“Remapping the World of Autism”
Roy Richard Grinker
AnthroNotes, Fall 2006, 27:3
In this article, Grinker describes how autism is dealt with in India and Hindu culture. In India, most autistic children are not diagnosed specifically with autism. Rather they are given a generic diagnosis of mentally retarded (MR) or paagol, the Hindi word for mad. This is slowly changing, but the traditions of such a richly tradition driven culture such as India's, make that progress seem infinitesimally slow at times. And an autistic child, at least the boys (which is better than 3/4's of all autistic people), are often a major source of conflict with those traditions.
A consistent theme through the article, is that autism often causes familial conflicts that are serious enough to break up families. There is a great deal of blame thrown around, often couched in terms of something that one or both parents must have done to anger the gods. Sometimes that blame is extended to the child's grandparents, who in Indian culture bear no small responsibility for the spiritual and by extension of that, the physical well being of the families of their children. Divorces are very common in the families Grinker describes in this article as well.
An autistic child also interferes with the normal process of the mother pushing her child away at about age five, into the fathers world and that of the extended family. In India, rather than
children developing their individuality, it is important for them to develop their familial identity first and foremost, with personal development coming behind. The extended family therefore often takes great exception when the mother of an autistic child refuses to send him (or her) to be embraced by the influence of the rest of the family. Or worse, the extended family simply refuses to deal with the autistic child. Whichever direction it goes, this is never very good for familial relationships, relationships that form the cornerstone of Indian society – though this too is slowly changing across Indian society.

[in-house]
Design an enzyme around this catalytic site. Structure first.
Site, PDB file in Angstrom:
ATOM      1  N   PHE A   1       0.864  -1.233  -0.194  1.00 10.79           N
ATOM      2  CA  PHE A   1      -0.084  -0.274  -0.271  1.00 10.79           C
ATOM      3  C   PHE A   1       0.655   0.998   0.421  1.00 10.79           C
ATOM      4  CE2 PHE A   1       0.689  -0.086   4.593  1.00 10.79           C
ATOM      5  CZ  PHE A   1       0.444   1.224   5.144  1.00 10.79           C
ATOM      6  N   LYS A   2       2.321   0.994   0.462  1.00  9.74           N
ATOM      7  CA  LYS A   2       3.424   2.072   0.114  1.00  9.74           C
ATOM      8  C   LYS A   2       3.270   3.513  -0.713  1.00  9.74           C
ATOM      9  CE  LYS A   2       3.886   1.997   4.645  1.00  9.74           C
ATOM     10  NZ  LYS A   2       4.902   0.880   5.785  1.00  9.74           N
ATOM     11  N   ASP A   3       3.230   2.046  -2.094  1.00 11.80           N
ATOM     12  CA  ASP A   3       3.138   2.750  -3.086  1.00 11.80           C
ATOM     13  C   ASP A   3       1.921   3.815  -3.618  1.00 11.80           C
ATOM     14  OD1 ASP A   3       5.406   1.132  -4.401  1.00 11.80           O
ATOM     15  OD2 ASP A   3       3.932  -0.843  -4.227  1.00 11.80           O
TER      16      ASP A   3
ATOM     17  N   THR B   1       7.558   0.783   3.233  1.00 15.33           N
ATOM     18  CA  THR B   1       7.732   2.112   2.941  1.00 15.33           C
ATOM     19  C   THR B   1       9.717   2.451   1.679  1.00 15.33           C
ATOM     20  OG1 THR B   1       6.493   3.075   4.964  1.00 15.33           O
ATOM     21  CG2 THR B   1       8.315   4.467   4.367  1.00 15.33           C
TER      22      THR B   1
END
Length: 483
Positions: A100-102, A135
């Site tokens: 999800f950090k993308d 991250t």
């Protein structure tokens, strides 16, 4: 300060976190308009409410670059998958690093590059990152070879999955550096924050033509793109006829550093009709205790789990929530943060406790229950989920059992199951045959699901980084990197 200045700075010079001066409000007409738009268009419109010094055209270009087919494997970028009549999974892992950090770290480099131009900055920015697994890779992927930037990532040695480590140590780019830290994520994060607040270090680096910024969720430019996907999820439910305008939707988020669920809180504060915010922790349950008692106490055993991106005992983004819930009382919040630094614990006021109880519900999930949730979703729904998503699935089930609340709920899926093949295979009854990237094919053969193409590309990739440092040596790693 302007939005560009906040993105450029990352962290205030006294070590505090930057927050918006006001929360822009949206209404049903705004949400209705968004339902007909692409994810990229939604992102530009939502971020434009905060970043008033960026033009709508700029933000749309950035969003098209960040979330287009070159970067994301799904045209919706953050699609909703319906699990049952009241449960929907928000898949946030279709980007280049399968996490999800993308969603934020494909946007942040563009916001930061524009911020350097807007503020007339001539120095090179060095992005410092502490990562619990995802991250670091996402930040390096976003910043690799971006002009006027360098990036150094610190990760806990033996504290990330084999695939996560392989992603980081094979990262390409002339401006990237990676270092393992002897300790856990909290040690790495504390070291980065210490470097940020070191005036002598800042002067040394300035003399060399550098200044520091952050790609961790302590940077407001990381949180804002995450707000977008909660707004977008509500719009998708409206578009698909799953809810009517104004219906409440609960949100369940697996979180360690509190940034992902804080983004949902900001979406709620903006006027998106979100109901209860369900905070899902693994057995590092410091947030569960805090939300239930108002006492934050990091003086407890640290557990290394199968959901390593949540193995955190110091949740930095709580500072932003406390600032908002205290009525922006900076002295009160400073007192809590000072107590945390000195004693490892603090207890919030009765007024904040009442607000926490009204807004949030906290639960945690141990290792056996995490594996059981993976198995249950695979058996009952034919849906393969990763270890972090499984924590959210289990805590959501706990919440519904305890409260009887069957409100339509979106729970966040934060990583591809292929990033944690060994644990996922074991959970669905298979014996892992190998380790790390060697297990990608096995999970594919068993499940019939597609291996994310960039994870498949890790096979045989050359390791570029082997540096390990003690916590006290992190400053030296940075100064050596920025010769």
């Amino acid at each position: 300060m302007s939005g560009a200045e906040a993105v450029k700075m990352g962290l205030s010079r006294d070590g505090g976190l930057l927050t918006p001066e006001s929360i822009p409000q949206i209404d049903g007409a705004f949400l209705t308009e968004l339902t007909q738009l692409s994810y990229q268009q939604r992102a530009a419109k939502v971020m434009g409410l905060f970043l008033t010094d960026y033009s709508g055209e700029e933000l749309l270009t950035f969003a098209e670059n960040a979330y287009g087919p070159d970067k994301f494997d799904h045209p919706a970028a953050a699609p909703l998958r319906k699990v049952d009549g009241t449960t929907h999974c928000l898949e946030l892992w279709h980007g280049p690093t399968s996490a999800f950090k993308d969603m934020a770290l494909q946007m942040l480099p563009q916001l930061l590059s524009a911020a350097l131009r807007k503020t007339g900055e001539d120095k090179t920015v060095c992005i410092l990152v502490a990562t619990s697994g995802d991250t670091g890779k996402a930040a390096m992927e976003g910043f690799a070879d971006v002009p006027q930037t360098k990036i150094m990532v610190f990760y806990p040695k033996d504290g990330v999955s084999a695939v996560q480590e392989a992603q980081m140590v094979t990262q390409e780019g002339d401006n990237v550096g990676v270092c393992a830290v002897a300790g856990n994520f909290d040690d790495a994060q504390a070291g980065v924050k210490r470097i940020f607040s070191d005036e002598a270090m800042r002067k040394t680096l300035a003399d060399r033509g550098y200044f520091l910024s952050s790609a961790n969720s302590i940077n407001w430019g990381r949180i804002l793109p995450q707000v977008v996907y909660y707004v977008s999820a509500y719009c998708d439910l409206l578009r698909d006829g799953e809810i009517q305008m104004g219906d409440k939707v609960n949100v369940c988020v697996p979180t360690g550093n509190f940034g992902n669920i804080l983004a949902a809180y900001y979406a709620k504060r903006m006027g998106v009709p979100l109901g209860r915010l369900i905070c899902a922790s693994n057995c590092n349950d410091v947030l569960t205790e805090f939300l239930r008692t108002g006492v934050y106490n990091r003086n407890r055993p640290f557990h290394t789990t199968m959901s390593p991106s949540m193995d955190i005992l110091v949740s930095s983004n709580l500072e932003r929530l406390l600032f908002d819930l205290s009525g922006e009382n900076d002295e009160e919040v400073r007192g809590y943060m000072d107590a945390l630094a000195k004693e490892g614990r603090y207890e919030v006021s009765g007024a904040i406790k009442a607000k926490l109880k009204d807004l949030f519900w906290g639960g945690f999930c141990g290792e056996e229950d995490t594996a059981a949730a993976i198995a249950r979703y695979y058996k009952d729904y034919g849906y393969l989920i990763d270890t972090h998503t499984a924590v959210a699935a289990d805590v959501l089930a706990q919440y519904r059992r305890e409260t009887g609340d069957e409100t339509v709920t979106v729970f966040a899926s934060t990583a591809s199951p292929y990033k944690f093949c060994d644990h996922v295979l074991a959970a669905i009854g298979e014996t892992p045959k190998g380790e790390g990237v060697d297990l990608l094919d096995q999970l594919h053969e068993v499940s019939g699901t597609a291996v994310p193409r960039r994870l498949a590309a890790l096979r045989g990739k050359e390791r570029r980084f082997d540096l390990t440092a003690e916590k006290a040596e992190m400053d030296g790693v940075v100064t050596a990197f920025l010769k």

Though the families described in the article have dealt with their child's autism in strikingly different ways, there is a great deal of similarity. And those similarities are not unique to India and Indian culture. Because while the motivations or the names of the gods may change, the Indian parents of autistic children experience is much the same as it is here in the United States.
Families in both India and the U.S. face many of the very same challenges, something I suspect is the case in many cultures. Caring for and raising a child with special needs takes a great deal of
special care – care that is going to be required for that child, no matter what culture is being discussed. About the only difference that might be found, is in cultures that may believe that it is
imperative for family and friends to make a significant contribution to the care of the child and to ensure that the parents engage in a reasonable level of self-care, thus making it possible for them to provide quality care for their child. But I again suspect that rather than being a cultural difference, most every culture has families that get this kind of help from friends and family, but like the cultures of India and the U.S., such families are also probably a rarity.
Something that really hit home for me, was the notion that even in such a tradition driven culture as India's, there are parents of special needs children who fall into a familiar pattern – becoming rather Bohemian as one mother described her and her late husband. This is another very common theme amongst the American families of children with special needs. Some of us may have started out rather “different,” but there are plenty of parents who naturally learn to live life to a very different beat, as they learn to accept, embrace and love their child for everything they are. I suspect that it is virtually impossible for most parents to even try to fit in and accept their child's neurological differences – there just isn't enough energy in any one person to make it all come together. But there is also a great deal of joy to be found in being part of a family that while different, is also honest and open about who they are.